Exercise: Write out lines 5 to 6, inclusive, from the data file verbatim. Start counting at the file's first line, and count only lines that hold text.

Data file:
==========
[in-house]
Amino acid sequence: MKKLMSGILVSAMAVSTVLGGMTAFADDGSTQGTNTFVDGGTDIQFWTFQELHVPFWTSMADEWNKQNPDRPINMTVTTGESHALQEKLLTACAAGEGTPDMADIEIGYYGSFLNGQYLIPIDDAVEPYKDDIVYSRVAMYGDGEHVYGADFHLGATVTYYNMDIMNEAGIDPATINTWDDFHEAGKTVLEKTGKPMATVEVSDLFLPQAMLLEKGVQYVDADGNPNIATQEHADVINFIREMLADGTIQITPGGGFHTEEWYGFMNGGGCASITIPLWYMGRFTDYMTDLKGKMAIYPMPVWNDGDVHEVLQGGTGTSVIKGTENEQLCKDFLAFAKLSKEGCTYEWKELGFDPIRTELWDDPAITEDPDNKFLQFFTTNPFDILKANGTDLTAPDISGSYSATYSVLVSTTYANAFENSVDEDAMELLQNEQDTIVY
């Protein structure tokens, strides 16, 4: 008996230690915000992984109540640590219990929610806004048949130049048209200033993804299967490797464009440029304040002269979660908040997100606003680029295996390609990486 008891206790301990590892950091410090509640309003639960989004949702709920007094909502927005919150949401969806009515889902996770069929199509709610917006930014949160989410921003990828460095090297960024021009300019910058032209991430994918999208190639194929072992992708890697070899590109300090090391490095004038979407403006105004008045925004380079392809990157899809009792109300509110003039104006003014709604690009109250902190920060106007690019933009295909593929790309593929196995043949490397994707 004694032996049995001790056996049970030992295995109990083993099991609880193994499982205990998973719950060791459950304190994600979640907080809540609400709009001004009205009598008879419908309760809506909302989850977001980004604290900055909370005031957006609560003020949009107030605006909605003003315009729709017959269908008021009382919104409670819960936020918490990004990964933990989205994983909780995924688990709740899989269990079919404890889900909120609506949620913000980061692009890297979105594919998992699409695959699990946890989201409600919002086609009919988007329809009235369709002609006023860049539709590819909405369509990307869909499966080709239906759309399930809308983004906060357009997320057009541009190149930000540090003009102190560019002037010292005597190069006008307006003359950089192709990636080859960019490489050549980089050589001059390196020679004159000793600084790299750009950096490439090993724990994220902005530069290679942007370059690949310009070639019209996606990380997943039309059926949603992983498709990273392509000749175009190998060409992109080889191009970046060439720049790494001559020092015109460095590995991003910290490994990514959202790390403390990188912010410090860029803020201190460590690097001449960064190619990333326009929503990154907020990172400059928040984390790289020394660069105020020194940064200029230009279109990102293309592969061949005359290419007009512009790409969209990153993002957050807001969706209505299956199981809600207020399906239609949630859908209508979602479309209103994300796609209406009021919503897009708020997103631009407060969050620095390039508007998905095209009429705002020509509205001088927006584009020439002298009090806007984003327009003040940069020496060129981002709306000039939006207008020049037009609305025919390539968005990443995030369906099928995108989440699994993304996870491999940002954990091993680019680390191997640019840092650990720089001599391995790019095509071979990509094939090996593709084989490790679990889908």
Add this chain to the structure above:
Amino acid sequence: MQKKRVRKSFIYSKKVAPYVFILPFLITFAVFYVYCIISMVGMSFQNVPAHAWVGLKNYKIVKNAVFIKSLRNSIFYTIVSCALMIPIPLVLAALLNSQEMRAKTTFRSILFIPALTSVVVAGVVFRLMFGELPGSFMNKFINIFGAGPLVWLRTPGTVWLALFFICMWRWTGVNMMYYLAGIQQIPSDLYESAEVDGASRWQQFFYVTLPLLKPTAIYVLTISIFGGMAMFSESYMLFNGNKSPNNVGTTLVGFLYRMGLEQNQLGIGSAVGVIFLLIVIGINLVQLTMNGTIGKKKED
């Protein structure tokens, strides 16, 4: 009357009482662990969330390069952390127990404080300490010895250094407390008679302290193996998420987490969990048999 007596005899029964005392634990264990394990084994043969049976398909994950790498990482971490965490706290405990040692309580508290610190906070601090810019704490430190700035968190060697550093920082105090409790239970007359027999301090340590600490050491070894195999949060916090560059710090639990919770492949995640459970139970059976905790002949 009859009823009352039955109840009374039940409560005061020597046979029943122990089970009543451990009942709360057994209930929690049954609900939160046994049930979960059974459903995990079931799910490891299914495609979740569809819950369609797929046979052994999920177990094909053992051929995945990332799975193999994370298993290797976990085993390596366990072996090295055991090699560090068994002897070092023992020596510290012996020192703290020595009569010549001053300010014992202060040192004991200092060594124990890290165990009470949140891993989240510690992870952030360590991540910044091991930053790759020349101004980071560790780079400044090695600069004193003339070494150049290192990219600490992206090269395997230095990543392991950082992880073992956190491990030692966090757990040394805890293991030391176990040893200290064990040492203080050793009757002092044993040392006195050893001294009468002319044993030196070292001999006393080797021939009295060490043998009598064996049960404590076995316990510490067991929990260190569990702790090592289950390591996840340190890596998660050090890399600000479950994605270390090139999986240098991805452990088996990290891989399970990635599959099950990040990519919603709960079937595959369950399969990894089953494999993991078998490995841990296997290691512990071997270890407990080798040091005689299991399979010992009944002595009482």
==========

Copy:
Amino acid sequence: MQKKRVRKSFIYSKKVAPYVFILPFLITFAVFYVYCIISMVGMSFQNVPAHAWVGLKNYKIVKNAVFIKSLRNSIFYTIVSCALMIPIPLVLAALLNSQEMRAKTTFRSILFIPALTSVVVAGVVFRLMFGELPGSFMNKFINIFGAGPLVWLRTPGTVWLALFFICMWRWTGVNMMYYLAGIQQIPSDLYESAEVDGASRWQQFFYVTLPLLKPTAIYVLTISIFGGMAMFSESYMLFNGNKSPNNVGTTLVGFLYRMGLEQNQLGIGSAVGVIFLLIVIGINLVQLTMNGTIGKKKED
């Protein structure tokens, strides 16, 4: 009357009482662990969330390069952390127990404080300490010895250094407390008679302290193996998420987490969990048999 007596005899029964005392634990264990394990084994043969049976398909994950790498990482971490965490706290405990040692309580508290610190906070601090810019704490430190700035968190060697550093920082105090409790239970007359027999301090340590600490050491070894195999949060916090560059710090639990919770492949995640459970139970059976905790002949 009859009823009352039955109840009374039940409560005061020597046979029943122990089970009543451990009942709360057994209930929690049954609900939160046994049930979960059974459903995990079931799910490891299914495609979740569809819950369609797929046979052994999920177990094909053992051929995945990332799975193999994370298993290797976990085993390596366990072996090295055991090699560090068994002897070092023992020596510290012996020192703290020595009569010549001053300010014992202060040192004991200092060594124990890290165990009470949140891993989240510690992870952030360590991540910044091991930053790759020349101004980071560790780079400044090695600069004193003339070494150049290192990219600490992206090269395997230095990543392991950082992880073992956190491990030692966090757990040394805890293991030391176990040893200290064990040492203080050793009757002092044993040392006195050893001294009468002319044993030196070292001999006393080797021939009295060490043998009598064996049960404590076995316990510490067991929990260190569990702790090592289950390591996840340190890596998660050090890399600000479950994605270390090139999986240098991805452990088996990290891989399970990635599959099950990040990519919603709960079937595959369950399969990894089953494999993991078998490995841990296997290691512990071997270890407990080798040091005689299991399979010992009944002595009482």